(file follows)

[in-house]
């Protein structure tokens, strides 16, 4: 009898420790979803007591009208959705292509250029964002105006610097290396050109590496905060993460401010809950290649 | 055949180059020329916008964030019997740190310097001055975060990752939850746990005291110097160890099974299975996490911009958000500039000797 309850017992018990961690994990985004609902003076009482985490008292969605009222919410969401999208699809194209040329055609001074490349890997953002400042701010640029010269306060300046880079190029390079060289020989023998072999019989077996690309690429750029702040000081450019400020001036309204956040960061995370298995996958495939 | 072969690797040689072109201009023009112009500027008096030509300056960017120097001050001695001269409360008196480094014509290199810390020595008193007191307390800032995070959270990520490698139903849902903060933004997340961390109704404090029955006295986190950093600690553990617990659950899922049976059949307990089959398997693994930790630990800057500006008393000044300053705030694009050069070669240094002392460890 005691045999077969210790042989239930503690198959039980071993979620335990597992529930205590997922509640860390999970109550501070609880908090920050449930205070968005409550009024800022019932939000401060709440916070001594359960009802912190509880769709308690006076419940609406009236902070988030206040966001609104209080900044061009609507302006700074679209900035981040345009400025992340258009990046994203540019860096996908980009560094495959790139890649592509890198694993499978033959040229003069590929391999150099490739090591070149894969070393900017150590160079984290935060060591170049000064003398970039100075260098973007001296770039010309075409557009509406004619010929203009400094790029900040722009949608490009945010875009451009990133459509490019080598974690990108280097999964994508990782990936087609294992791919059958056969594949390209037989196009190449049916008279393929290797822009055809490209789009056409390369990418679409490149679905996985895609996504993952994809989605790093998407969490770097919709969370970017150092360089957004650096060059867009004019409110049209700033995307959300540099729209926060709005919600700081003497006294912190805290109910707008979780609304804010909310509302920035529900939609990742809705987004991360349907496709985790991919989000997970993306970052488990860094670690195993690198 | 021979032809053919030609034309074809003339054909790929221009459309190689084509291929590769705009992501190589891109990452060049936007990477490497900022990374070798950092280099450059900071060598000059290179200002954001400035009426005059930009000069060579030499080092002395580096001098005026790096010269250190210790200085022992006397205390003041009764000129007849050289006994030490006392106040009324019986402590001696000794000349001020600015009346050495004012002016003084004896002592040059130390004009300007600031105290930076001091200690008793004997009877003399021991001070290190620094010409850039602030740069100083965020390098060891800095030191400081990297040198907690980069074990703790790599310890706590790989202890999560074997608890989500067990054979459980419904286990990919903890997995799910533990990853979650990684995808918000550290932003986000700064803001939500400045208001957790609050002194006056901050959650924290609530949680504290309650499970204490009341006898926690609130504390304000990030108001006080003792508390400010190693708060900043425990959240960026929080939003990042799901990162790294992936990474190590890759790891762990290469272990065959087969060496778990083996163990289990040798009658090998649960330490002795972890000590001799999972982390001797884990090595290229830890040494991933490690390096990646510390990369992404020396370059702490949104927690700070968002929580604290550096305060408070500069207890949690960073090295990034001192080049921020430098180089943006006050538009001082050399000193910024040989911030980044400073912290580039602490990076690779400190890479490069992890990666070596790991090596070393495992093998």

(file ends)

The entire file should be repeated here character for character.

[in-house]
């Protein structure tokens, strides 16, 4: 009898420790979803007591009208959705292509250029964002105006610097290396050109590496905060993460401010809950290649 | 055949180059020329916008964030019997740190310097001055975060990752939850746990005291110097160890099974299975996490911009958000500039000797 309850017992018990961690994990985004609902003076009482985490008292969605009222919410969401999208699809194209040329055609001074490349890997953002400042701010640029010269306060300046880079190029390079060289020989023998072999019989077996690309690429750029702040000081450019400020001036309204956040960061995370298995996958495939 | 072969690797040689072109201009023009112009500027008096030509300056960017120097001050001695001269409360008196480094014509290199810390020595008193007191307390800032995070959270990520490698139903849902903060933004997340961390109704404090029955006295986190950093600690553990617990659950899922049976059949307990089959398997693994930790630990800057500006008393000044300053705030694009050069070669240094002392460890 005691045999077969210790042989239930503690198959039980071993979620335990597992529930205590997922509640860390999970109550501070609880908090920050449930205070968005409550009024800022019932939000401060709440916070001594359960009802912190509880769709308690006076419940609406009236902070988030206040966001609104209080900044061009609507302006700074679209900035981040345009400025992340258009990046994203540019860096996908980009560094495959790139890649592509890198694993499978033959040229003069590929391999150099490739090591070149894969070393900017150590160079984290935060060591170049000064003398970039100075260098973007001296770039010309075409557009509406004619010929203009400094790029900040722009949608490009945010875009451009990133459509490019080598974690990108280097999964994508990782990936087609294992791919059958056969594949390209037989196009190449049916008279393929290797822009055809490209789009056409390369990418679409490149679905996985895609996504993952994809989605790093998407969490770097919709969370970017150092360089957004650096060059867009004019409110049209700033995307959300540099729209926060709005919600700081003497006294912190805290109910707008979780609304804010909310509302920035529900939609990742809705987004991360349907496709985790991919989000997970993306970052488990860094670690195993690198 | 021979032809053919030609034309074809003339054909790929221009459309190689084509291929590769705009992501190589891109990452060049936007990477490497900022990374070798950092280099450059900071060598000059290179200002954001400035009426005059930009000069060579030499080092002395580096001098005026790096010269250190210790200085022992006397205390003041009764000129007849050289006994030490006392106040009324019986402590001696000794000349001020600015009346050495004012002016003084004896002592040059130390004009300007600031105290930076001091200690008793004997009877003399021991001070290190620094010409850039602030740069100083965020390098060891800095030191400081990297040198907690980069074990703790790599310890706590790989202890999560074997608890989500067990054979459980419904286990990919903890997995799910533990990853979650990684995808918000550290932003986000700064803001939500400045208001957790609050002194006056901050959650924290609530949680504290309650499970204490009341006898926690609130504390304000990030108001006080003792508390400010190693708060900043425990959240960026929080939003990042799901990162790294992936990474190590890759790891762990290469272990065959087969060496778990083996163990289990040798009658090998649960330490002795972890000590001799999972982390001797884990090595290229830890040494991933490690390096990646510390990369992404020396370059702490949104927690700070968002929580604290550096305060408070500069207890949690960073090295990034001192080049921020430098180089943006006050538009001082050399000193910024040989911030980044400073912290580039602490990076690779400190890479490069992890990666070596790991090596070393495992093998």